Are We Sacramentalists? Baptism

BaptismIt’s hard to deny the sacramental character of baptism as taught in the Churches of Christ. Although Zwingli taught “external things are nothing. They avail nothing for salvation,” the Churches of Christ have always taught that baptism is the event during which salvation occurs.

Interestingly, even though the Churches of Christ often cite the European Anabaptists as evidence that the Church of Christ pre-existed Stone and Campbell, Hicks points out that the Anabaptists followed Zwingli’s view. Even though they insisted on adult immersion, they saw a convert’s coming to faith as the moment of salvation.

American Baptists are thus heirs to Zwinglian theology, while the Churches of Christ follow the Catholics, Lutherans, and many others in insisting on a sacramental understanding, while refusing the use the word “sacrament.”

The reason we rejected the word is largely Alexander Campbell’s insistence that “we call Bible things by Bible names.” Campbell taught that by avoiding non-Biblical terms we could eliminate most divisions among Christians. If we refuse to say “sacrament” we never have to argue about whether baptism is a sacrament!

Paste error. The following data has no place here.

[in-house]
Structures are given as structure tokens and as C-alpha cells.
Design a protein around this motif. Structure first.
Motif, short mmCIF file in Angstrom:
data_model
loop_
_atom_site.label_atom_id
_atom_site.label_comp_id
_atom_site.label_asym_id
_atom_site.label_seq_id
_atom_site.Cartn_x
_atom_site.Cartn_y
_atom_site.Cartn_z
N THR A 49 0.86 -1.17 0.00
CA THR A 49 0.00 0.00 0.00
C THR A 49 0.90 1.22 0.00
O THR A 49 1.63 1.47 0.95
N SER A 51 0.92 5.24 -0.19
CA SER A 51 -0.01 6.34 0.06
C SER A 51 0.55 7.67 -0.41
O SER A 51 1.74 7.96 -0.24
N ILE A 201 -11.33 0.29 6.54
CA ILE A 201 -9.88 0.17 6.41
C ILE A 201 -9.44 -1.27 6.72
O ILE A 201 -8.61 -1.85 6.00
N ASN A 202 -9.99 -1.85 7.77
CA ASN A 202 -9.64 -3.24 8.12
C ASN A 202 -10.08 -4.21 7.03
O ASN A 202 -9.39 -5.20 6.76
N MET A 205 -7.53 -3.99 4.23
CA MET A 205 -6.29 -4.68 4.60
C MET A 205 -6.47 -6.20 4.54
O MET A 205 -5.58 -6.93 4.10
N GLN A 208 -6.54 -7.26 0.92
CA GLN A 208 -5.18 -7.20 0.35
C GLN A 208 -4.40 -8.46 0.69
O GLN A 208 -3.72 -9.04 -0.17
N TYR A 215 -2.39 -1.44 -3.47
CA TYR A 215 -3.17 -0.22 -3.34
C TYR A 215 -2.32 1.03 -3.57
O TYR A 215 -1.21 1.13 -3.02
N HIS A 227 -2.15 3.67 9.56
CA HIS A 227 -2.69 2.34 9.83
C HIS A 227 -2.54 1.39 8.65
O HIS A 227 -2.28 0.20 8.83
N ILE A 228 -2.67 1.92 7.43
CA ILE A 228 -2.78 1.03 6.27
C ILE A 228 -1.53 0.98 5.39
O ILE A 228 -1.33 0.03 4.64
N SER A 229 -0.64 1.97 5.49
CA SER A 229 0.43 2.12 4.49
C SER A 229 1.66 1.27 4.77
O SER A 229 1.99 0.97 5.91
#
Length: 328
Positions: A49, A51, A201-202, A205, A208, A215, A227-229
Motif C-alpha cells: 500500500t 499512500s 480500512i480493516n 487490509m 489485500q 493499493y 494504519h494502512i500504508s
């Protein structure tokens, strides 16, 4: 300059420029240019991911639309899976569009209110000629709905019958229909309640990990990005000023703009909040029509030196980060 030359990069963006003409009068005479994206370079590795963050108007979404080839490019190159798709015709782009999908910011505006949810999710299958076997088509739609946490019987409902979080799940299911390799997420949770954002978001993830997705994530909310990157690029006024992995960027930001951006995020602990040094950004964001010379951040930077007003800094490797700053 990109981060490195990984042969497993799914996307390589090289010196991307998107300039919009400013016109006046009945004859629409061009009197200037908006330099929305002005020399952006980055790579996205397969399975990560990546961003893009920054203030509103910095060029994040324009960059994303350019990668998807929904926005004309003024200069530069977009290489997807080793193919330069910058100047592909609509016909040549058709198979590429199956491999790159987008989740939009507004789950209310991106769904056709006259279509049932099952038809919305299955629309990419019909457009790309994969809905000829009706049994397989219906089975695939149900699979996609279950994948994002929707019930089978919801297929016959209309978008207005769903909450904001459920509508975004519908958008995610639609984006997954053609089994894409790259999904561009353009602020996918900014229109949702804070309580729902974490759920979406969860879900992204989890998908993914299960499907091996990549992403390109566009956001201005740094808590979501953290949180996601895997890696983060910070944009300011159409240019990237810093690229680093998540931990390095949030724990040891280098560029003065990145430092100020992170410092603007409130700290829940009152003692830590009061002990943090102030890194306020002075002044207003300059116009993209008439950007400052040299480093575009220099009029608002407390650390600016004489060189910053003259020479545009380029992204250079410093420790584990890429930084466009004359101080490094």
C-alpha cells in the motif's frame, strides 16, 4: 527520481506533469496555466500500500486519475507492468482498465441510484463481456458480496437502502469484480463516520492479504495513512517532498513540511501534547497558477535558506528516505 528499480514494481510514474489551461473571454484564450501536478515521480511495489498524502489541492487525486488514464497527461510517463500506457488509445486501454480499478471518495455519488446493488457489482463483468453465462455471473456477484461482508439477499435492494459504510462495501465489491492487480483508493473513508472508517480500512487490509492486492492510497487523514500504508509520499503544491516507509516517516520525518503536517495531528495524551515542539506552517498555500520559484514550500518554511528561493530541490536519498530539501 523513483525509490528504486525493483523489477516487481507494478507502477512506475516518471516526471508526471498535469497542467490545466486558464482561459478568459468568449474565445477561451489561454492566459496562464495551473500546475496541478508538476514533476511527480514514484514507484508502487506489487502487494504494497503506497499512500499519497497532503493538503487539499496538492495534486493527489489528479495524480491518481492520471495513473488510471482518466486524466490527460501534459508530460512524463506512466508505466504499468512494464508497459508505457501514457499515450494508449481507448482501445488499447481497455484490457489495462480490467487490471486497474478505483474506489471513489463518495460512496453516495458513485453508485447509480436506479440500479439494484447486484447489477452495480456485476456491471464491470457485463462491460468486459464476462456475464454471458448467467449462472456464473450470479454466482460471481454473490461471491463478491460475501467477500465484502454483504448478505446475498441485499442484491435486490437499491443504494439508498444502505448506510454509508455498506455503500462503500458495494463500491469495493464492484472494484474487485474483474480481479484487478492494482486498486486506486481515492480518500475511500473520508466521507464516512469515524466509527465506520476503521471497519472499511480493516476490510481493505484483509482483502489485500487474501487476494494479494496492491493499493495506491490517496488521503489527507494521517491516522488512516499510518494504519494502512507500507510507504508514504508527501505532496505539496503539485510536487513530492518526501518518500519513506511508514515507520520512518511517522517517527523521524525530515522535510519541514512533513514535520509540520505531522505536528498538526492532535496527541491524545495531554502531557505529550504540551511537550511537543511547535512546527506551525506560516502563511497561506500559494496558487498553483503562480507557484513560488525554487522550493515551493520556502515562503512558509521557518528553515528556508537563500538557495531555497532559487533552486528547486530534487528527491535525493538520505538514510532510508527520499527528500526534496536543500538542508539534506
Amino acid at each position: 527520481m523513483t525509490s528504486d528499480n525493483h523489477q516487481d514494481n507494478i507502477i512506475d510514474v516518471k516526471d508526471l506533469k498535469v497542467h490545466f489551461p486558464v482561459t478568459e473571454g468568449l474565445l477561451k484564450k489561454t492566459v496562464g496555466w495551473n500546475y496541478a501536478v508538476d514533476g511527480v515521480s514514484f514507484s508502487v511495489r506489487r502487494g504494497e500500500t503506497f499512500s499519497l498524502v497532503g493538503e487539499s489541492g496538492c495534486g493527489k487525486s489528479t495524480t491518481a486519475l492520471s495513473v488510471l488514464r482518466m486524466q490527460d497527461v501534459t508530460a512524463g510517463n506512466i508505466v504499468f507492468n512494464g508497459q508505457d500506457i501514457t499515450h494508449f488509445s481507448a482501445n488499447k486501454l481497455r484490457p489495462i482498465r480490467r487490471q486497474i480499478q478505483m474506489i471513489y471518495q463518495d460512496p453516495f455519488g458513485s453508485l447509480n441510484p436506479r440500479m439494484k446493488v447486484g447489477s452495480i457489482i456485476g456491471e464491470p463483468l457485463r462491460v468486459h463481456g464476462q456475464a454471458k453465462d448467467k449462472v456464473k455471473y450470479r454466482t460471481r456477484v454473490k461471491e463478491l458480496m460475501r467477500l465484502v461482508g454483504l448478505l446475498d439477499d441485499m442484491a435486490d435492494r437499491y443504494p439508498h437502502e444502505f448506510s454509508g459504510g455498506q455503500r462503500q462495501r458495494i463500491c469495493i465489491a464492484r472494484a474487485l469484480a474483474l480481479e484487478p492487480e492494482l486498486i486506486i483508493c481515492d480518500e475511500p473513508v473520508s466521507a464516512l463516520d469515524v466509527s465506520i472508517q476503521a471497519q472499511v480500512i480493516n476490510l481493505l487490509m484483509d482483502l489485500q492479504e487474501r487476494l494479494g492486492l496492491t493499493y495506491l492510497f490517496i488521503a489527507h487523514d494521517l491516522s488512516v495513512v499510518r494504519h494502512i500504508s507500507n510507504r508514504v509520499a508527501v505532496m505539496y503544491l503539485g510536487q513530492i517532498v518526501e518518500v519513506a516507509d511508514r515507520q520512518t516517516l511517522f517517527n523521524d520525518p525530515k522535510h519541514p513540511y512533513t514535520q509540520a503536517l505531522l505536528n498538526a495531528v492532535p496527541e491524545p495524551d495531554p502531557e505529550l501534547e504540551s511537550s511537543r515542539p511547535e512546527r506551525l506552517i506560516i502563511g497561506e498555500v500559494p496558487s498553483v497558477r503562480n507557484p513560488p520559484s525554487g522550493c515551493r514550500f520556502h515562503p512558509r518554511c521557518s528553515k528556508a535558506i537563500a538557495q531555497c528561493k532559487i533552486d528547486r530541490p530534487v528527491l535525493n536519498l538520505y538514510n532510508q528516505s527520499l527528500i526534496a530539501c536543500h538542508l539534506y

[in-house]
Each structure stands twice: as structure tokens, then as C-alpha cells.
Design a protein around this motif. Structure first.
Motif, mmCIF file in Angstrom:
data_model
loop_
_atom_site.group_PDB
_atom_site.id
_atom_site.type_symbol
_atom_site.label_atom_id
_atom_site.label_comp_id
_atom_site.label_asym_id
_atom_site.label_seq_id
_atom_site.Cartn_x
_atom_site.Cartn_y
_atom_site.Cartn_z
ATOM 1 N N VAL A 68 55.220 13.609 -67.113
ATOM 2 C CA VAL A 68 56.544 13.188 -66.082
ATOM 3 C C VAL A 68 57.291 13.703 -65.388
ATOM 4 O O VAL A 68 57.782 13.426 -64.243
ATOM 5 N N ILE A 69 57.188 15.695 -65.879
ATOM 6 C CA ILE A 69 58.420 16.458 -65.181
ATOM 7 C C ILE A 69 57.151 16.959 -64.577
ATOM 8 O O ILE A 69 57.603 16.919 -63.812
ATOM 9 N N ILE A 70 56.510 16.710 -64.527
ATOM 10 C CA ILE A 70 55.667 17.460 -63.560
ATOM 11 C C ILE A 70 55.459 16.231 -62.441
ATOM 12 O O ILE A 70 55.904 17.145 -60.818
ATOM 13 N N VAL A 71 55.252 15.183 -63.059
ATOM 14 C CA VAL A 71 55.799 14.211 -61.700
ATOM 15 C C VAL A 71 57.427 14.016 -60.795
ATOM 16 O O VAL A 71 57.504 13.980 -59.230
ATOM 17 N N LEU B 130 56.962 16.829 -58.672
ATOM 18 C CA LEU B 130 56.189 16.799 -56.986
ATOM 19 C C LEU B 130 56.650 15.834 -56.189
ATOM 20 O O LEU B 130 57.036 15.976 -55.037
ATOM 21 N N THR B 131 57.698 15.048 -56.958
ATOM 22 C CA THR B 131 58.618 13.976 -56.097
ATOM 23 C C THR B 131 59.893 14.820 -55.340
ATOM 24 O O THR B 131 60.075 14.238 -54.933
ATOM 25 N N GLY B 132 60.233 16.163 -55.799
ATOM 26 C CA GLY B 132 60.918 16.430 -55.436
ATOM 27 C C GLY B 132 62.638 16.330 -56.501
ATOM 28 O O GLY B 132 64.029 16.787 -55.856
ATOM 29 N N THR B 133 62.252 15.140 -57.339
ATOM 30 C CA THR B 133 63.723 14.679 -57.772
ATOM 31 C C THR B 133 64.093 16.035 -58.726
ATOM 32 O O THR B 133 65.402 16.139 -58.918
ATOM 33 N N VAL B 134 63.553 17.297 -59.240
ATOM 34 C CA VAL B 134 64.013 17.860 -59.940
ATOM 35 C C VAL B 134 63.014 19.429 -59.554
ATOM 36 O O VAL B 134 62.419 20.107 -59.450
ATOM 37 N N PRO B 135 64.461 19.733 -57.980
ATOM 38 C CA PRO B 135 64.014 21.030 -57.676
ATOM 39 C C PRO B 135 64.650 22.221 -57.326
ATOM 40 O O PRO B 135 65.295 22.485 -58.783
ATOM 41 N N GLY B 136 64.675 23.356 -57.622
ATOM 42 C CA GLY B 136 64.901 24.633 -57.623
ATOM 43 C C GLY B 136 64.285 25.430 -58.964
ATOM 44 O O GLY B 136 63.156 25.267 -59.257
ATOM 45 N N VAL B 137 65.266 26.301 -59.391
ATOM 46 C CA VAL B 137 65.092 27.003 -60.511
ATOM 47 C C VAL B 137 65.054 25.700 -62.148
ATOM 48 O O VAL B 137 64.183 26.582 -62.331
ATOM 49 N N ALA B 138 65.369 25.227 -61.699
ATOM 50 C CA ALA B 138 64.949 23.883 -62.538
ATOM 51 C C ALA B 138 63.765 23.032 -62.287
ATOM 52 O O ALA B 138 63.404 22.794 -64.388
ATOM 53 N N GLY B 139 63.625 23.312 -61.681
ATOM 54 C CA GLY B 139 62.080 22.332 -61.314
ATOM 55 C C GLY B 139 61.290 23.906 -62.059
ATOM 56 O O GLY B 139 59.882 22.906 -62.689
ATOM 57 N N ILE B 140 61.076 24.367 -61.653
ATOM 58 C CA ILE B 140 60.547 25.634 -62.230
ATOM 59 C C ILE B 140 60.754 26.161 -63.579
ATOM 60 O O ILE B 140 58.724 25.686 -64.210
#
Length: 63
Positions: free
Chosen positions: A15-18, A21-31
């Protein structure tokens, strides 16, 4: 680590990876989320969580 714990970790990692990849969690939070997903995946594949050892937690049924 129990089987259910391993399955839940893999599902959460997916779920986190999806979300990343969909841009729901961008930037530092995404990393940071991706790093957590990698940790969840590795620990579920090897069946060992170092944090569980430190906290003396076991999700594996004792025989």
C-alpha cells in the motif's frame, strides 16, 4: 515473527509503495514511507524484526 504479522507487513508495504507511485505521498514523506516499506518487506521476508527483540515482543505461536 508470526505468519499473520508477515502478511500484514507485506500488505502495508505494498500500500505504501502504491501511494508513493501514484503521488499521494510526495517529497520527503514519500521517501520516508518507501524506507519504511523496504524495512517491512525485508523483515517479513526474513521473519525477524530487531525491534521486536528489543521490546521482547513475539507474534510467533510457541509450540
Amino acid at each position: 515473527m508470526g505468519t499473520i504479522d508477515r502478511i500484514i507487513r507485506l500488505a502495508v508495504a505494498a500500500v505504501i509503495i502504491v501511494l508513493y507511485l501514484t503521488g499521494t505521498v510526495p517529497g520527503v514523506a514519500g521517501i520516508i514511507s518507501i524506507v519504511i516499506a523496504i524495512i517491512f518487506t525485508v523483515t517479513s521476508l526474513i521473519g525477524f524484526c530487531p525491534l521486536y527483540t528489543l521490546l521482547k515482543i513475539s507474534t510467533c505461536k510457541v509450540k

It’s not really true, though. We often have the same argument, just in other terms. We debate with Baptists whether the water saves (we say it doesn’t; they accuse us of saying it does). We deny that baptism works without faith (hence denying infant baptism). But we insist that salvation only comes with baptism, that is, faith must be joined with baptism. Neither works apart from the other. This is a debate about the sacramental character of baptism, made all-the-more difficult by are simultaneous insistence that baptism is not a sacrament.